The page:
George Crighton (570) 923–2841 (570) 923–2845 (814) 360–2830 firstname.lastname@example.org RED RIVER SHIPPING CORP. FL 32216 Contact: Phone: Fax: Email: Mr. General Manager (206) 658–0222 (206) 768–1247 email@example.com URL: http://www. 68 West Main Street Oyster Bay.com SUPERIOR MARINE SERVICES. WA 98108 Contact: Phone: Fax: Email: Ed Hiersche.com URL: http://www. TX 77056 Contact: Phone: Fax: Email: Mr. 666 Third Avenue. Jr. Suite 620 Rockville. LA 70030 Contact: Phone: Fax: Email: None (504) 469–7700 (504) 469–7740 firstname.lastname@example.org OSG SHIP MANAGEMENT.redrivershipping. 2574 N. INC. NY 10017 Contact: Phone: Fax: None (212) 953–4100 (212) 578–1832 URL: http://www.tecooceanshipping. President (954) 747–3814 (954) 747–4759 MarineSvcs@aol. Ruehl. 5th Floor New York. Director of Cargo Management (904) 855–1260 ext.com Mr.NAKNEK BARGE LINES LLC 6701 Fox Ave. Wright. Suite 300 Jacksonville. Seattle. Doty (813) 209–4235 (813) 209–4204 (Main) (813) 242–4849 craig.com SEALIFT INC. INC. LLC 100 Bell Tel Way. Box 25 Des Allemands.osg. Craig T.com URL: http://www.com SEA STAR LINE. University Drive Suite 211. Ragnar Meyer–Knutsen (516) 922–1000 (516) 922–6526 email@example.com. FL 33322 Contact: Phone: Fax: Email: David E. (713) 840–1100 (713) 840–1101 cruehl@signetmaritime. NY 11771 Contact: Phone: Fax: Email: Mr.com URL: http://www.O.com SIGNET MARITIME CORP.firstname.lastname@example.org OTTO CANDIES. 6110 Executive Blvd. 1036 (877) 601–9349 RKROK@seastarline. LLC P.com URL: http://www. Cliff Johnson (813) 209–4258 cliff.com URL: http://www.sealiftinc.com TECO OCEAN SHIPPING 1300 East 8th Avenue Suite S–300 Tampa. FL 33605 Contact: Phone: Email: Contact: Phone: Phone: Fax: Email: Mr. Charles E.doty@tecoocean.SEASTARLINE. Suite 2150 Houston. Sunrise Plaza Sunrise. 1330 Post Oak Boulevard.com 6 . S. Robert Krok. MD 20852 Contact: Phone: Fax: Cell Phone: Email: Mr.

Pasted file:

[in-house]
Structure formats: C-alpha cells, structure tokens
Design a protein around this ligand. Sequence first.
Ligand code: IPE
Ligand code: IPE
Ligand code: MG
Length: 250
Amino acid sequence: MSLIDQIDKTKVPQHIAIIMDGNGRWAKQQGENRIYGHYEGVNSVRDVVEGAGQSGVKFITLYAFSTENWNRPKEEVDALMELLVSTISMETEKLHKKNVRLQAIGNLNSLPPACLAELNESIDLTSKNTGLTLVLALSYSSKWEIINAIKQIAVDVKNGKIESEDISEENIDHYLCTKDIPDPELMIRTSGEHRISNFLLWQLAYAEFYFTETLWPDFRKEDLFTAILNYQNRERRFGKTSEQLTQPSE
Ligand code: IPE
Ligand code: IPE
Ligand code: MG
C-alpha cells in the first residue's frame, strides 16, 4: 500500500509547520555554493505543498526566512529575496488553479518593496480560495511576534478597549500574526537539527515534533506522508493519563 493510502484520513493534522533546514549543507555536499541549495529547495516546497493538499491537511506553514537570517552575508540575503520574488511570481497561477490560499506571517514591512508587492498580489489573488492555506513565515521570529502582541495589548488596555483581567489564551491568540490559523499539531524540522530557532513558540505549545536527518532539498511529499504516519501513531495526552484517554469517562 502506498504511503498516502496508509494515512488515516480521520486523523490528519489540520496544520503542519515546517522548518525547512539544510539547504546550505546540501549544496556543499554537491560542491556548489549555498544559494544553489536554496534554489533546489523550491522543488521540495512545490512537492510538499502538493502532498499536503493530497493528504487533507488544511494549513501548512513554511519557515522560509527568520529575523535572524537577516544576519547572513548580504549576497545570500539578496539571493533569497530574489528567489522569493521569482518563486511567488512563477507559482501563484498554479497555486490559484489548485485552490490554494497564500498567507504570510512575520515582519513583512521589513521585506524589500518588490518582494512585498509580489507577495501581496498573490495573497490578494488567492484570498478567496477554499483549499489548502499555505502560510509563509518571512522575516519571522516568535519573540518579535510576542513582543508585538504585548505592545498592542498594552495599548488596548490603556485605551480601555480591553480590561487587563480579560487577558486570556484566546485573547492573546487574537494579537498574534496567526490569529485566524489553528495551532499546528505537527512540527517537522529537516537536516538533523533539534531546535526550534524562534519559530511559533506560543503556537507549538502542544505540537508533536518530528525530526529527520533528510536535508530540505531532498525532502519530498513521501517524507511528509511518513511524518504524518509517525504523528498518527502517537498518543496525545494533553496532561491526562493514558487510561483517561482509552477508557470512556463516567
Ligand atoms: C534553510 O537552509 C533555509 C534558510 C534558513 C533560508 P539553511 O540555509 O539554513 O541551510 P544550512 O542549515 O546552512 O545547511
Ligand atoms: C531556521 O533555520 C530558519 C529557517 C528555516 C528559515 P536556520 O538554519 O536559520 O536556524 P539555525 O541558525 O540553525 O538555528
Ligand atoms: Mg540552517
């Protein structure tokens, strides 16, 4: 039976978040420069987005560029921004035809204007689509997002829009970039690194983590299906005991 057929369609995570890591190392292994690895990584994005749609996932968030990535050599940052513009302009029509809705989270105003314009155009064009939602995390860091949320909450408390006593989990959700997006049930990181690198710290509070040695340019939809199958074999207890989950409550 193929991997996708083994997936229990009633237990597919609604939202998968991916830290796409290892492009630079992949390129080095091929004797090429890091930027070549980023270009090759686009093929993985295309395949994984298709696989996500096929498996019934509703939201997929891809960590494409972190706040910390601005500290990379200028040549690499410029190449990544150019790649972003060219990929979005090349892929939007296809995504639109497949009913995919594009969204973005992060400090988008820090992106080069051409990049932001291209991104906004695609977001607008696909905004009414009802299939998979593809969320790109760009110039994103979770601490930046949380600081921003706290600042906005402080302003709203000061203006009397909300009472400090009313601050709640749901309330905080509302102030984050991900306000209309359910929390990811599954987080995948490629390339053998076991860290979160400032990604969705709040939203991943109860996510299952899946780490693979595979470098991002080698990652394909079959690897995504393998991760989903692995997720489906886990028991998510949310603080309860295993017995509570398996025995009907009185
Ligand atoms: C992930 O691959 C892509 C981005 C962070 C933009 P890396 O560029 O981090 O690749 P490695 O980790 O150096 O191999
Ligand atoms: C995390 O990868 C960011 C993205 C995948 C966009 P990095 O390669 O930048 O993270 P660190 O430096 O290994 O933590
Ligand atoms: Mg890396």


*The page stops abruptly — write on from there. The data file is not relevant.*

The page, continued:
Towing Division P.dot.com STRONG VESSEL OPERATORS Three Stamford Landing.com URL for “JEAN ANNE”: http://www.com Book the cargo on a U.O. Claudia Roberts (253) 449–8166 (direct) (253) 449–8225 croberts@totemocean. Bryan Alix. LA 70340 Contact: Mr. Director of Business Development 1 (800) 554–1589 (904) 751–7444 email@example.com TRANSATLANTIC LINES LLC 6 Lincoln Avenue Greenwich. L.totemocean.S. CT 06902–7236 Contact: Phone: Cell Phone: Fax: Email: Mr. CT 06830–5751 Contact: Phone: Fax: Email: Mr.waterman–steamship.com TOTEM OCEAN TRAILER EXPRESS.firstname.lastname@example.org URL: http://www.com TRAILER BRIDGE. Begendorf Mr. Department of Transportation Maritime Administration Office of Cargo Preference Customer Outreach Tel: (800) 9US-FLAG [987-3524] (202) 366-4610 Fax: (202) 366-5522 Email: cargo.com WATERMAN STEAMSHIP CORP. File required reports—bill of lading with MARAD.com URL: http://www. Box 1519 Amelia.com URL: http://www.C. Brandon Rose.trailerbridge. One Whitehall Street New York.S.O. President (203) 625–5514 (203) 863–9354 Brose@mthopeco. F. Box 4129 Federal Way.voshipping.L. B.tdw. 10405 New Berlin Road East Jacksonville. Joe Ryan (212) 747–8550 (212) 747–8588 waterman@intship. Joe Cruise.gov 7 . Operations Manager Phone: (985) 631–5820 Direct: (985) 631–5718 Fax: (985) 631–4063 Cell Phone: (985) 518–3569 Email: bscott@tdw. William Scott.com URL: http://www. NY 10004–2109 Contact: Phone: Fax: Email: Mr.TIDEWATER MARINE. Commercial Manager (203) 705–4536 (203) 912–7371 (203) 705–4528 svo@vosusa. INC. WA 98063–4129 Contact: Phone: Fax: Email: Ms. INC. U. Suite 200 46 Southfield Avenue Stamford.com URL: http://www.pashahawaii. P. FL 32226 Contact: Phone: Fax: Email: Mr.-Flag vessel or contact the Maritime Administration (MARAD).